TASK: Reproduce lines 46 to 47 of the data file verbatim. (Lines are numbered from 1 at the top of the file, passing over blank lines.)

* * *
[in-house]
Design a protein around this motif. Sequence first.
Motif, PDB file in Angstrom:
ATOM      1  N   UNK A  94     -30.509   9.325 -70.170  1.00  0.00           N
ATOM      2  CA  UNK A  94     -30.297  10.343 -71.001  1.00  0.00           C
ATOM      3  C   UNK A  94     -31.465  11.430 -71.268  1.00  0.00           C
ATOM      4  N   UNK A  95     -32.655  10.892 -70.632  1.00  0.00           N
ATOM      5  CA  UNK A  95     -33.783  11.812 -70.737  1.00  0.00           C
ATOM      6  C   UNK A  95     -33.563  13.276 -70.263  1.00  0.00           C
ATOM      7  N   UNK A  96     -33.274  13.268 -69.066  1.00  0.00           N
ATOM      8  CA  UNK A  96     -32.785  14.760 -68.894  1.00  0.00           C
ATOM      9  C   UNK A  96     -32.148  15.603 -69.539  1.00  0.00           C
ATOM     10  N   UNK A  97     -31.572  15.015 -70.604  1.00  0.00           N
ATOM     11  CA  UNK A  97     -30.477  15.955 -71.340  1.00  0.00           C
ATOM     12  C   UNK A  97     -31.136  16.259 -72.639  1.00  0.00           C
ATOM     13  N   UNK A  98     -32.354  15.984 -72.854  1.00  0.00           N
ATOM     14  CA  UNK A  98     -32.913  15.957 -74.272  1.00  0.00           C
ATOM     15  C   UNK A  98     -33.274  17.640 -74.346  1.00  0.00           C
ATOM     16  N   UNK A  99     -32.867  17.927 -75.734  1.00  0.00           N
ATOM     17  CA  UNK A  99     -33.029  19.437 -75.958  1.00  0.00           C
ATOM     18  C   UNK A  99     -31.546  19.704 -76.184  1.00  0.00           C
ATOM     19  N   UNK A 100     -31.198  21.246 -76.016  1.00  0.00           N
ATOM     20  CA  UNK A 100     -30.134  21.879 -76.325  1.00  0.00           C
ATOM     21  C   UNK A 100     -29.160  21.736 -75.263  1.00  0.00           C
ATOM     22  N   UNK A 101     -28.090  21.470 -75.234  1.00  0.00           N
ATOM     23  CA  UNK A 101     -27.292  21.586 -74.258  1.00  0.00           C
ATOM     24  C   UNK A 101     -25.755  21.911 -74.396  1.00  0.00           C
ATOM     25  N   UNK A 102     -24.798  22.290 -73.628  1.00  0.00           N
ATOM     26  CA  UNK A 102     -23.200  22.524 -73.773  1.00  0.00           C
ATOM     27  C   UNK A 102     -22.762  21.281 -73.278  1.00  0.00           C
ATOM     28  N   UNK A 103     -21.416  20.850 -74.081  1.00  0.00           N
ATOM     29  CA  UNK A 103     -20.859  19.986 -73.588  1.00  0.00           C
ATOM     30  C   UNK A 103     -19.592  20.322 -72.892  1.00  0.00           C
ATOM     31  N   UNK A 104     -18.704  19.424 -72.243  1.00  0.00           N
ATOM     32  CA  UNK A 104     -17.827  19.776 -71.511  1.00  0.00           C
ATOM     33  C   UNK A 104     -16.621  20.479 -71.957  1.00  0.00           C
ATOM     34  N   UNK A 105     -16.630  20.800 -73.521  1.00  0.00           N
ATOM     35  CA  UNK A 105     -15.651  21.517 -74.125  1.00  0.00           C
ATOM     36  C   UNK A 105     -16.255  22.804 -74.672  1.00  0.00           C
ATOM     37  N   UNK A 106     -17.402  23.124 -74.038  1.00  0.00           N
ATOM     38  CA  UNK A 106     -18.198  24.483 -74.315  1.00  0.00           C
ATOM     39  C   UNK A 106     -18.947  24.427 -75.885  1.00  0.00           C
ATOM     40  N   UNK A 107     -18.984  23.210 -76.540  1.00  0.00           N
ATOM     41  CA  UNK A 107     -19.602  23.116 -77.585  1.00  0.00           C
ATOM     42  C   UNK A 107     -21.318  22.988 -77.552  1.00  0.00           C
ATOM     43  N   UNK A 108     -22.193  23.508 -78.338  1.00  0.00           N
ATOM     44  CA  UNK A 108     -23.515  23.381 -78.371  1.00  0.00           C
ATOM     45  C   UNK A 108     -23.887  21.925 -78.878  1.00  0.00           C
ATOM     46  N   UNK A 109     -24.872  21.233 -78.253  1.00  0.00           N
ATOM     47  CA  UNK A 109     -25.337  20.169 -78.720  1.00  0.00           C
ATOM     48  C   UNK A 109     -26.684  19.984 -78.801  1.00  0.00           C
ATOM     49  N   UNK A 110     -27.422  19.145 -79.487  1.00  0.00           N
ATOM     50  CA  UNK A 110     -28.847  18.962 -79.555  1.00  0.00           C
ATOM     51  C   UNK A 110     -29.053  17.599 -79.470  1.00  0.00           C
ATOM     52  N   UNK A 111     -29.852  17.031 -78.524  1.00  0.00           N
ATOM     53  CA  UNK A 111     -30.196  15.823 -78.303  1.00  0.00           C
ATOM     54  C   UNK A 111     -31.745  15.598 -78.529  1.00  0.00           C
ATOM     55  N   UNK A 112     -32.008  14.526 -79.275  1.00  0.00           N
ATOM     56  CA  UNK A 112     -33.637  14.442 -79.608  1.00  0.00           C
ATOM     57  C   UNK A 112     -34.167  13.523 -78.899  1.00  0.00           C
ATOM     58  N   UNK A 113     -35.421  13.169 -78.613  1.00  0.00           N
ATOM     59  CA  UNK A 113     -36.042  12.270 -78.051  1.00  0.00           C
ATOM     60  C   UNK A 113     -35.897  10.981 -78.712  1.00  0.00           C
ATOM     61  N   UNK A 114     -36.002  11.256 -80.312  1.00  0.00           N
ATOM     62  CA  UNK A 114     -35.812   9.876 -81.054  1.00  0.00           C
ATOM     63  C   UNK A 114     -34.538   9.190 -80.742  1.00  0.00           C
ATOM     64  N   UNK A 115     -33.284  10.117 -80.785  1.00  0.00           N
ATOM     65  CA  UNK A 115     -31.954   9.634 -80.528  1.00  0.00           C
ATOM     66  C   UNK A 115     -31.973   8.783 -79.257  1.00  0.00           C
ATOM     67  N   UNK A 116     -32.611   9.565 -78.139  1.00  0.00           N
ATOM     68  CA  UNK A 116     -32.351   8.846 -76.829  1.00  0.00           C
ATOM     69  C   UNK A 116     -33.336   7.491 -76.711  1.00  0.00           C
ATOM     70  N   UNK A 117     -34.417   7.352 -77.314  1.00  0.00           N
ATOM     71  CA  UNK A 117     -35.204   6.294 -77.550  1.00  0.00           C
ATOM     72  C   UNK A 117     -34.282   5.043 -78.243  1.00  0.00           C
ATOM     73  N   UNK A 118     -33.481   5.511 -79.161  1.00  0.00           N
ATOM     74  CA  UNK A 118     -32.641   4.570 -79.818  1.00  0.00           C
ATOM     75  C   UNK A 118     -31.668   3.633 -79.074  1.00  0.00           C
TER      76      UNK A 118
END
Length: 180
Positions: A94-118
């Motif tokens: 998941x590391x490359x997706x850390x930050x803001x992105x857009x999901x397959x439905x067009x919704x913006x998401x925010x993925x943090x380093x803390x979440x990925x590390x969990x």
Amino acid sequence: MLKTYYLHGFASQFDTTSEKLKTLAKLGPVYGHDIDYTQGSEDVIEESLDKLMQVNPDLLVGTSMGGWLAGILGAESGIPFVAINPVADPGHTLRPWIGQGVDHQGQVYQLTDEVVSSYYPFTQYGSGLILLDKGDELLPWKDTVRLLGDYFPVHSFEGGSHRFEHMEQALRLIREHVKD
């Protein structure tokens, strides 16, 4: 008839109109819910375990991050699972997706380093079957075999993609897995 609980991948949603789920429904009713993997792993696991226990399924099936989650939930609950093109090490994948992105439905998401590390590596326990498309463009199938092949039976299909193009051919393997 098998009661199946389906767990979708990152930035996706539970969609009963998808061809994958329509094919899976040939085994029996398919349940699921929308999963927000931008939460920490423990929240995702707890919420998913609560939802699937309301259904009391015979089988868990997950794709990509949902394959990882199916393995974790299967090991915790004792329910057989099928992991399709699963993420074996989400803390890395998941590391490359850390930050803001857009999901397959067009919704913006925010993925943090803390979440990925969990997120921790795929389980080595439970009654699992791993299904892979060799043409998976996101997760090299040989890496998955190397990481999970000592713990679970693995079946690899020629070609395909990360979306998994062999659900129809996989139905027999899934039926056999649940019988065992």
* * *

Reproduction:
ATOM     43  N   UNK A 108     -22.193  23.508 -78.338  1.00  0.00           N
ATOM     44  CA  UNK A 108     -23.515  23.381 -78.371  1.00  0.00           C